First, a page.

Although envisaged in 1911, the formation of this Ordnance Stores Corps would have an extended gestation period, and it would not be until mid-1914 that General Godley, the Commander of the New Zealand Forces approved the proposal and work could begin in establishing the Artillery Ordnance Stores Corps. Orders were placed on Great Britain for the supply of the required machinery, components and most importantly cordite, with the some of the machinery received in good time, the delivery of the remainder was promised to be delivered as soon as possible by the British suppliers. Given that war had broken out the importance of setting up this capability and securing New Zealand’s immediate supply of Artillery was of the utmost importance.

As the new Corps was to be another uniformed section of the RNZA such as the Field Artillery or Electric Light Company. It was to be under the administration and control of the OC RNZA and not the Quartermaster General, and on 1 March 1915 authority was granted under New Zealand Defence Forces General Order 90 to raise the New Zealand Army Ordnance Section with effect 1 April 1915.  Located Fort Ballance at Mahanga Bay on Wellington’s Miramar Peninsula, the section’s primary duties was the assembling of ammunition components for the artillery, with care and upkeep of the magazines becoming part of their responsibilities. John Hunter Transferred into the RNZA Army Ordnance Section on the 1st of July 1915.

Fort Ballance

Fort Ballance (including associated positions at Fort Gordon). Permission of the Alexander Turnbull Library, Wellington, New Zealand,

With the Formation of the New Zealand Army Ordnance Corps (NZAOC) on the 1st of February 1917, the RNZA retained operational day to day control of the Ammunition Section, with the NZAOC taking up administrative control of its personnel. The personnel of the Ammunition Section, including Gunner John Hunter, transferred into the NZAOC on the 15th of March 1917. On the 8th of February 1917, John Hunter was awarded the New Zealand Long Service and Good Conduct Medal.

RMS Niagara

RMS Niagara

December 1917 saw John Hunters experience as a gunner called upon when he was seconded to the NZEF as an Acting Corporal. Embarking on the RMS Niagara on the 13th of February 1918 as Corporal Gunner of the Gun Crew. Returning to New Zealand in September 1918 and replaced by Naval gunners, John Hunter spent a short time with the RNZA in Featherston Camp before re-joining the NZAOC in February 1919. Interestingly the RMS Niagara on which John Hunter served and disembarked from in September 1918 is the vessel that is attributed by some sources as the source of the 1918 influenza pandemic that had a devastating effect on New Zealand.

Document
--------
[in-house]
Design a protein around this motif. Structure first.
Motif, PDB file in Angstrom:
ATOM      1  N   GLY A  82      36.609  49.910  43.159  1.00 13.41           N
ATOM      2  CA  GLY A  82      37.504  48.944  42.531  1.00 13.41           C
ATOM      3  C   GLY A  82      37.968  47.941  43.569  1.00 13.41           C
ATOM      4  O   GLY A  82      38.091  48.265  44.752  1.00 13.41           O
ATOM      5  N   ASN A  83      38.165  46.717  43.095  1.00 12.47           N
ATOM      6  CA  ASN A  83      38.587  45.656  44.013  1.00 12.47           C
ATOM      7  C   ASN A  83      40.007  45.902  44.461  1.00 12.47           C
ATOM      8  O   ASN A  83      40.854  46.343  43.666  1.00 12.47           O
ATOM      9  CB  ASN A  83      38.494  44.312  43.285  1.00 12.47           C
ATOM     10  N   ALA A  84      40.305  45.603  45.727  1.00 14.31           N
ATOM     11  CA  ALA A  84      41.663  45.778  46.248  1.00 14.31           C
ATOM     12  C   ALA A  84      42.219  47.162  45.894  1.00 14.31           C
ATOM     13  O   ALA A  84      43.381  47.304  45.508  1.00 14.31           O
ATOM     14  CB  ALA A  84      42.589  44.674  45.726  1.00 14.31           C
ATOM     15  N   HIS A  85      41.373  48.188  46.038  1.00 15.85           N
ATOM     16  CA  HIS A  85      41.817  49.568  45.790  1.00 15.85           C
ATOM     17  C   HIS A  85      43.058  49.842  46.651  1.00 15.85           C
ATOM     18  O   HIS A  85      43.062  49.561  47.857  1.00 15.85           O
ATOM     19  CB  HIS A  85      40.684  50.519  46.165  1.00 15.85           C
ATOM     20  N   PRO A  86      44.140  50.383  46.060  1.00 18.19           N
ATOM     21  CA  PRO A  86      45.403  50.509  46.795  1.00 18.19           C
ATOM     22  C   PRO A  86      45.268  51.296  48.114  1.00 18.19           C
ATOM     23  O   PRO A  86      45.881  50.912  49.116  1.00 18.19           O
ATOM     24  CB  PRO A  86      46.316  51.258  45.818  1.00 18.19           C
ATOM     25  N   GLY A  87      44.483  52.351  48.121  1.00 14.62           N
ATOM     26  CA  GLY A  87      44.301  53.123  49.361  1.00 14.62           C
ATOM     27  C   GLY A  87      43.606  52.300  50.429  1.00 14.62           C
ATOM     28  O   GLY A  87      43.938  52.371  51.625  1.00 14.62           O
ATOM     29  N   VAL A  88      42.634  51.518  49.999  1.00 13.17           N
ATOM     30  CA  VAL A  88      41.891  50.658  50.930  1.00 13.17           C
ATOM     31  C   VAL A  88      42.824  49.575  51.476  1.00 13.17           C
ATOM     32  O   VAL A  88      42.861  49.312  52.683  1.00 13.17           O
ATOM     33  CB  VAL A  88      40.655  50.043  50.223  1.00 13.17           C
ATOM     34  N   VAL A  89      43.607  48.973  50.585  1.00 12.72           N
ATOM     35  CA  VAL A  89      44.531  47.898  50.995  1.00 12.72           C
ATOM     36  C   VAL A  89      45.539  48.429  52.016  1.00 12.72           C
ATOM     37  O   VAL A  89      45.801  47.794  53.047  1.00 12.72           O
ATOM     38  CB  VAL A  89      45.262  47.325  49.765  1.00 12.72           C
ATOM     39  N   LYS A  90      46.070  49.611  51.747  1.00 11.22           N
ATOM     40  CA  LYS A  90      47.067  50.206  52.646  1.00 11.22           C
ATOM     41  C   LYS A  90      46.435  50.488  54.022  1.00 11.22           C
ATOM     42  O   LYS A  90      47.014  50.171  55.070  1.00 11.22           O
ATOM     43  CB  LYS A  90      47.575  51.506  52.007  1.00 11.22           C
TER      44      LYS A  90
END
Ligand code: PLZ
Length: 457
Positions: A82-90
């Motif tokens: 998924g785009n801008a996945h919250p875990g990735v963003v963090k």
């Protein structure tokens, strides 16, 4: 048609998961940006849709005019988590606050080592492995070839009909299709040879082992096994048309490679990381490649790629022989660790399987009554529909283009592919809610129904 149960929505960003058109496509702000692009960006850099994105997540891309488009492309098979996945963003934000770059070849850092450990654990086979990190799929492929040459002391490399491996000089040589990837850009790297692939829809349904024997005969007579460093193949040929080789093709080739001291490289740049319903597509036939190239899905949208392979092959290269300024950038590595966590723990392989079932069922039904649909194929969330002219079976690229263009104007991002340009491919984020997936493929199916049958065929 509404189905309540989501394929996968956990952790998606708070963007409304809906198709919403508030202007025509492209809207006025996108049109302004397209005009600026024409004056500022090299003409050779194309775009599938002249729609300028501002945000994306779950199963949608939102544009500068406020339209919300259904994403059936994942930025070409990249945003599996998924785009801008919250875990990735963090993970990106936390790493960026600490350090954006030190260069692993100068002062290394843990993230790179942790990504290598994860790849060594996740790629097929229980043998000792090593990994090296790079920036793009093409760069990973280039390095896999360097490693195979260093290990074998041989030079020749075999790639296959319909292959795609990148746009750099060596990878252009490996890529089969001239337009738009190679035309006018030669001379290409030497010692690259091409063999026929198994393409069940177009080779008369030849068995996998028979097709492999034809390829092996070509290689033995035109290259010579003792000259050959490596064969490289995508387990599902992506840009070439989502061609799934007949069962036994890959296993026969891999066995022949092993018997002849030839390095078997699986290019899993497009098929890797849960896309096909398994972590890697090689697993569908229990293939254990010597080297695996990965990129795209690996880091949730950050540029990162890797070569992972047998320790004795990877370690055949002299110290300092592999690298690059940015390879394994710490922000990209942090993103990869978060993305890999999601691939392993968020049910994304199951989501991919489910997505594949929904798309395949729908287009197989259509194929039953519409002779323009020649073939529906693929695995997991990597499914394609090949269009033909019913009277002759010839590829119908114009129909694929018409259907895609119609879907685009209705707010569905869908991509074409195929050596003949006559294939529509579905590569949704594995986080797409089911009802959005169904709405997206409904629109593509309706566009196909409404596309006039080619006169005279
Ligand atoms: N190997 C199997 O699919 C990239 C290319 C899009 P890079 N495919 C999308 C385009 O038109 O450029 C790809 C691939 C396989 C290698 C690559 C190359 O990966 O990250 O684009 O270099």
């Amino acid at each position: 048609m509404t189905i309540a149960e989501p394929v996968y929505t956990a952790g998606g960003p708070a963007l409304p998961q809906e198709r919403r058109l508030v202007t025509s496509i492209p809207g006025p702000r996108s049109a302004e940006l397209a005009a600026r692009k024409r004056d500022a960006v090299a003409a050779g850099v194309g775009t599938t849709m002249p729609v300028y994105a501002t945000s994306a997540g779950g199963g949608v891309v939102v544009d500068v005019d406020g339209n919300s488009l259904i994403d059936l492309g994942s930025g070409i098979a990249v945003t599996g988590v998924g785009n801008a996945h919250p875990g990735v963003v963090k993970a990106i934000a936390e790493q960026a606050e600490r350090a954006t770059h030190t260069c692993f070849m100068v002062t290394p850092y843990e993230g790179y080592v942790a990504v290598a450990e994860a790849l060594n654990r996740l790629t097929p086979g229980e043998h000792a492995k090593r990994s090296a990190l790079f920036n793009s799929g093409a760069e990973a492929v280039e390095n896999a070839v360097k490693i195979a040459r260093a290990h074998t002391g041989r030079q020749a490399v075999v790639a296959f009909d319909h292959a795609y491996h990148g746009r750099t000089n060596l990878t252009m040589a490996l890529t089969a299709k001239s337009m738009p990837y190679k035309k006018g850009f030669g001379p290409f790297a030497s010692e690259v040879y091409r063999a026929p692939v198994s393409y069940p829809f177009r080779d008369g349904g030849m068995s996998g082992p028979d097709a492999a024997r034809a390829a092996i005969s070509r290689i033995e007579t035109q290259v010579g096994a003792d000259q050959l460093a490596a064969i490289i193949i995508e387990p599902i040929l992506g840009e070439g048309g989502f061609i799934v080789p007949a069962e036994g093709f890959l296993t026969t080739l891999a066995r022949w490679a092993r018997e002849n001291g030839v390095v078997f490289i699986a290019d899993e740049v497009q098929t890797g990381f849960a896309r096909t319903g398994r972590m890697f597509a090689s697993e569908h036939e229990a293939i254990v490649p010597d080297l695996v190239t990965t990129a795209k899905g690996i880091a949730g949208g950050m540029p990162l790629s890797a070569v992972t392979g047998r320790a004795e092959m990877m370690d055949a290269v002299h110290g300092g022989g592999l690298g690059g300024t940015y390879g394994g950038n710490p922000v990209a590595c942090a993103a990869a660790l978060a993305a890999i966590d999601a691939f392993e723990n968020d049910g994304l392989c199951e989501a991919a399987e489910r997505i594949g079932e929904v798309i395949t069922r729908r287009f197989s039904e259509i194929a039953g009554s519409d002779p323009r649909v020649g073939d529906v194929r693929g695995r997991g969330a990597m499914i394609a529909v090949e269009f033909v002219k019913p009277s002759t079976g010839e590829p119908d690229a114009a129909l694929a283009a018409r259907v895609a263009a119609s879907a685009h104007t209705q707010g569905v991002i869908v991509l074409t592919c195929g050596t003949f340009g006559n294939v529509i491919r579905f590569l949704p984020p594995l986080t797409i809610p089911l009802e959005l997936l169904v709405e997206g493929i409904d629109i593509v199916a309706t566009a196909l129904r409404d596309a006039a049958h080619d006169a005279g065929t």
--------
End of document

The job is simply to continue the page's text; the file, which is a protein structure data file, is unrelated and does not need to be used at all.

Returning to his duties at the Ammunition Section at Fort Ballance John Hunter was the newest member of the Ammunition Section and was identified as the only suitable understudy for the then NCO In-Charge Sergeant J Murray and was promoted to Lance Corporal on 1 November 1919. 1921 saw John Hunter awarded the New Zealand Efficient Service Medal, the Meritorious Service Medal and was also issued with his war service medals the British War Service 1914-1918 medal and the Victory 1914-1919 Medal.

Promoted to Temporary Corporal on the 1st of January 1921, John Hunter was made the NCO I/C the Ammunition Laboratory at Shelly Bay. By August 1921 on the retirement of Sergeant Murray, Hunter was promoted to Corporal and appointed as IC of the Ammunition Section.

The immediate post-war years into the mid-1920’s were a busy time for the NZAOC Ammunition Section. The Kaiwharawhara Magazine close to the city was closed, and the Mahanga Bay facilities expanded from the original magazine and laboratory building on the foreshore to include as their guns were decommissioned Fort Balance, Fort Gordon and the Kau Point Battery. With armaments removed, gun pits covered over with roofs and turned into additional magazines the once impressive forts went from been Wellingtons premier defensive location to quite possibly the 1st large scale ammunition depot of the NZAOC, a role it would fill until 1929 when purpose-built facilities were constructed at Hopuhopu Camp in the Waikato.

Promoted to Sergeant on the 1st of July 1922, further promotions followed on the 1st of June 1926 when he was promoted to Staff Sergeant and then again on the 1st of June 1929 when promotion to Staff Quarter Master Sergeant (Warrant officer Class 2) was gained.

After spending the majority of his 32-year career on the Miramar Peninsular of Wellington. Warrant Officer Class Two John Hunter was discharged from the Army on the 31st of March 1931 at the age of 52 under the provisions section 39 of the Finance Act, 1930 (No. 2) where members of military were forced to retire under superannuation at a much lower rate than they would have usually been entitled too. WO2 John Hunter also lost;

·         21 days approved annual leave

·         22 days accrued leave

John Hunters forced retirement in 1931 might not have been his final Military service. Census and voter lists from 1935 to 1954 list his occupation as Solder, with the Census and voter from 1957 as retired. Further examination of service records is required, but an assumption would be that given his ammunition experience, he was re-engaged in a lesser rank and continued in the military during the war years into the mid-1950’s.